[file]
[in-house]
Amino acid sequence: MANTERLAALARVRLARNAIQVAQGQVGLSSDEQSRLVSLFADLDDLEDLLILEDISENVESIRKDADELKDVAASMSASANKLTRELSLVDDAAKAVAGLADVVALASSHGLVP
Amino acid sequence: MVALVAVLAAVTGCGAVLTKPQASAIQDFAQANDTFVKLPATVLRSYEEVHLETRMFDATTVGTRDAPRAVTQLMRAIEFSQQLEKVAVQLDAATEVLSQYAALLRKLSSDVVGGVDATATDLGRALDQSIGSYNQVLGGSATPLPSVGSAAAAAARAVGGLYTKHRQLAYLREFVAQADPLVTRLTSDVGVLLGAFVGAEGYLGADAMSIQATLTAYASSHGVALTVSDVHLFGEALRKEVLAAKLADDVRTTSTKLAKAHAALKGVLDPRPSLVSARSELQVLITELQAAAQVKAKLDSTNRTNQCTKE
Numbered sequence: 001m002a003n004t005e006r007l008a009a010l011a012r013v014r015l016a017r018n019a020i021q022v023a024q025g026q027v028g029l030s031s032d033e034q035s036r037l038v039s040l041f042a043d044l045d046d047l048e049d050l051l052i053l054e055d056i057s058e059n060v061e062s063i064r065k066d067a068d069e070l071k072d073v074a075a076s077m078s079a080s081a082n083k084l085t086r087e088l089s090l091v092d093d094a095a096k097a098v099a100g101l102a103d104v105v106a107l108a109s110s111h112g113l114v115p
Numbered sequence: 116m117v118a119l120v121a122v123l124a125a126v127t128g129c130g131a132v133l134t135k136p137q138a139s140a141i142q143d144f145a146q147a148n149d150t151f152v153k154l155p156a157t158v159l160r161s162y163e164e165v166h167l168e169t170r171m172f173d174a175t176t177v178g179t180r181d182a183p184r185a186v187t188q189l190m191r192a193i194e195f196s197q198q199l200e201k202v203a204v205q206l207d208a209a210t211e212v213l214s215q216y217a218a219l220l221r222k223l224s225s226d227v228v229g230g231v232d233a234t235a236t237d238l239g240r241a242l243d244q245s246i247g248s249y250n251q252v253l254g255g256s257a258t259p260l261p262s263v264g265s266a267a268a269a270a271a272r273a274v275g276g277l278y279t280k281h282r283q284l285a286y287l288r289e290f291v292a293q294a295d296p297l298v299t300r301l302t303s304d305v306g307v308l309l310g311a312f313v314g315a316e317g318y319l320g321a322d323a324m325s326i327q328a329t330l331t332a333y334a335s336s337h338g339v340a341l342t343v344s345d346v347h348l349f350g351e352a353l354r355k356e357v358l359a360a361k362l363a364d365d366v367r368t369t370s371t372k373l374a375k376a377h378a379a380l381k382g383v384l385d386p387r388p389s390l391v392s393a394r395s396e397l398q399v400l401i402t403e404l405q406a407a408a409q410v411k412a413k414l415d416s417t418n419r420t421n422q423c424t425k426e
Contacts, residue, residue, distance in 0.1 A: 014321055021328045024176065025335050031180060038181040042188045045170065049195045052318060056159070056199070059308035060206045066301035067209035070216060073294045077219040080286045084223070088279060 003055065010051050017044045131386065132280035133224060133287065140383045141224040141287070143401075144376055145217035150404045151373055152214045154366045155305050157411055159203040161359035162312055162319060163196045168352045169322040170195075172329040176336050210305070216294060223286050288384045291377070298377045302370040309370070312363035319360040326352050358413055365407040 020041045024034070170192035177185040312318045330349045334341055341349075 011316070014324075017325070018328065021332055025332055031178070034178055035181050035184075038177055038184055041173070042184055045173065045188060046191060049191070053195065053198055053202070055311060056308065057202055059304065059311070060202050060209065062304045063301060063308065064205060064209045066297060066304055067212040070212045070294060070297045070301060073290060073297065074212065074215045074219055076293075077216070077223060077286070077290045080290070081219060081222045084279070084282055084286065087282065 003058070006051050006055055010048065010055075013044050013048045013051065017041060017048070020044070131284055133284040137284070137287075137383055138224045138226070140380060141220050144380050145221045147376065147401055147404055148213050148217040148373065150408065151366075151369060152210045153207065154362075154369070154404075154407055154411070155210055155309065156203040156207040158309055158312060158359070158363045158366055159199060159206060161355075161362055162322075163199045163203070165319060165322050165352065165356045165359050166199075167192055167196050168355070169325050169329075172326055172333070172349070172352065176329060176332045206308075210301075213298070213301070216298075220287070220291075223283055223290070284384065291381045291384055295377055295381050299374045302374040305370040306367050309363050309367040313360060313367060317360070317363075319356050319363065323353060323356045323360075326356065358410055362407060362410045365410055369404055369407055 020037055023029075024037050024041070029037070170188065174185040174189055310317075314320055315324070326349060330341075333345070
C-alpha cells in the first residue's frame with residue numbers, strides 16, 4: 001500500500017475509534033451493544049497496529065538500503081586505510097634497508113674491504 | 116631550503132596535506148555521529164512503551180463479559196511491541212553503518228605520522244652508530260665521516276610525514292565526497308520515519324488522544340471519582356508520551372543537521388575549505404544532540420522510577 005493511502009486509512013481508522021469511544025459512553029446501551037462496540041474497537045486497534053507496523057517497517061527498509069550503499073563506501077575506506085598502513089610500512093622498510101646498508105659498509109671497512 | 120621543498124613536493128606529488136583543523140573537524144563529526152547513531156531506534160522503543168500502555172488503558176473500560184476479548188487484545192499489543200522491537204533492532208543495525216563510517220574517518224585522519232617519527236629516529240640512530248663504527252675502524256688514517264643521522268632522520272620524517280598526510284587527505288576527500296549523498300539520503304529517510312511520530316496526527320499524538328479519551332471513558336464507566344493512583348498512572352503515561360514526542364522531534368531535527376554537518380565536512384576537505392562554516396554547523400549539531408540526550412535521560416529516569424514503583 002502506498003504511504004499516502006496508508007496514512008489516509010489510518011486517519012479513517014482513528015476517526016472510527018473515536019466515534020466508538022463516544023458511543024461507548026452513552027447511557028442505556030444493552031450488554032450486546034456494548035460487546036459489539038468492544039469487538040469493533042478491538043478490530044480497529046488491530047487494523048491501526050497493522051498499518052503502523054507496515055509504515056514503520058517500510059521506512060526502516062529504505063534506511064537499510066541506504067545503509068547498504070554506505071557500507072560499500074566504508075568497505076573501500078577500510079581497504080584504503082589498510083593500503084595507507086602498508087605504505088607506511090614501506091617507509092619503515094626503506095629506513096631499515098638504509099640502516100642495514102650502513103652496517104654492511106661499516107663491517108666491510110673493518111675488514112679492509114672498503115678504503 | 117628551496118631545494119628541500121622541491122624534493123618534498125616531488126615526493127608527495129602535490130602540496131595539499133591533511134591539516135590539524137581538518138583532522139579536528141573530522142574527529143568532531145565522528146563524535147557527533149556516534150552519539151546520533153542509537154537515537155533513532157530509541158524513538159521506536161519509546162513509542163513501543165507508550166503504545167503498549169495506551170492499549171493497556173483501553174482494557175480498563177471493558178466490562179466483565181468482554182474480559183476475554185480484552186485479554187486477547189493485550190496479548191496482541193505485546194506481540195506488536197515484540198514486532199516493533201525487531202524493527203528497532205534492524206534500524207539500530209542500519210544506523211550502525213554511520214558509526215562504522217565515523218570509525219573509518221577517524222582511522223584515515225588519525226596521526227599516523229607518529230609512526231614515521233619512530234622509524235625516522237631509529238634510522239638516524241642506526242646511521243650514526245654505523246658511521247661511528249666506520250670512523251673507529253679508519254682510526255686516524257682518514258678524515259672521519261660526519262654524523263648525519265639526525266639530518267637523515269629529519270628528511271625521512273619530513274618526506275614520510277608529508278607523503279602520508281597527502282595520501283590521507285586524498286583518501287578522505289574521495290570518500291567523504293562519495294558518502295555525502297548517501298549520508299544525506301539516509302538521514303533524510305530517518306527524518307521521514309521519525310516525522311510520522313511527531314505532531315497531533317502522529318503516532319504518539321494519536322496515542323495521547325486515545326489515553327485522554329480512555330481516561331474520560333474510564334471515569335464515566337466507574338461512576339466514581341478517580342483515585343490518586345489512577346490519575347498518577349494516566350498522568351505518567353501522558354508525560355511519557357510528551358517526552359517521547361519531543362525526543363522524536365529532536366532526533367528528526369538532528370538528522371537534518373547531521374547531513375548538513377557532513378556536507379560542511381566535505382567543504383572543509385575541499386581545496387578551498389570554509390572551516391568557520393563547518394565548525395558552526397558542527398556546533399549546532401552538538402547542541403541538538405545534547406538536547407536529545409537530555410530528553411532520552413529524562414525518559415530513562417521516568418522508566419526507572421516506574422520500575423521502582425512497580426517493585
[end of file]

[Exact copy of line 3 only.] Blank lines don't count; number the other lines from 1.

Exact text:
Amino acid sequence: MVALVAVLAAVTGCGAVLTKPQASAIQDFAQANDTFVKLPATVLRSYEEVHLETRMFDATTVGTRDAPRAVTQLMRAIEFSQQLEKVAVQLDAATEVLSQYAALLRKLSSDVVGGVDATATDLGRALDQSIGSYNQVLGGSATPLPSVGSAAAAAARAVGGLYTKHRQLAYLREFVAQADPLVTRLTSDVGVLLGAFVGAEGYLGADAMSIQATLTAYASSHGVALTVSDVHLFGEALRKEVLAAKLADDVRTTSTKLAKAHAALKGVLDPRPSLVSARSELQVLITELQAAAQVKAKLDSTNRTNQCTKE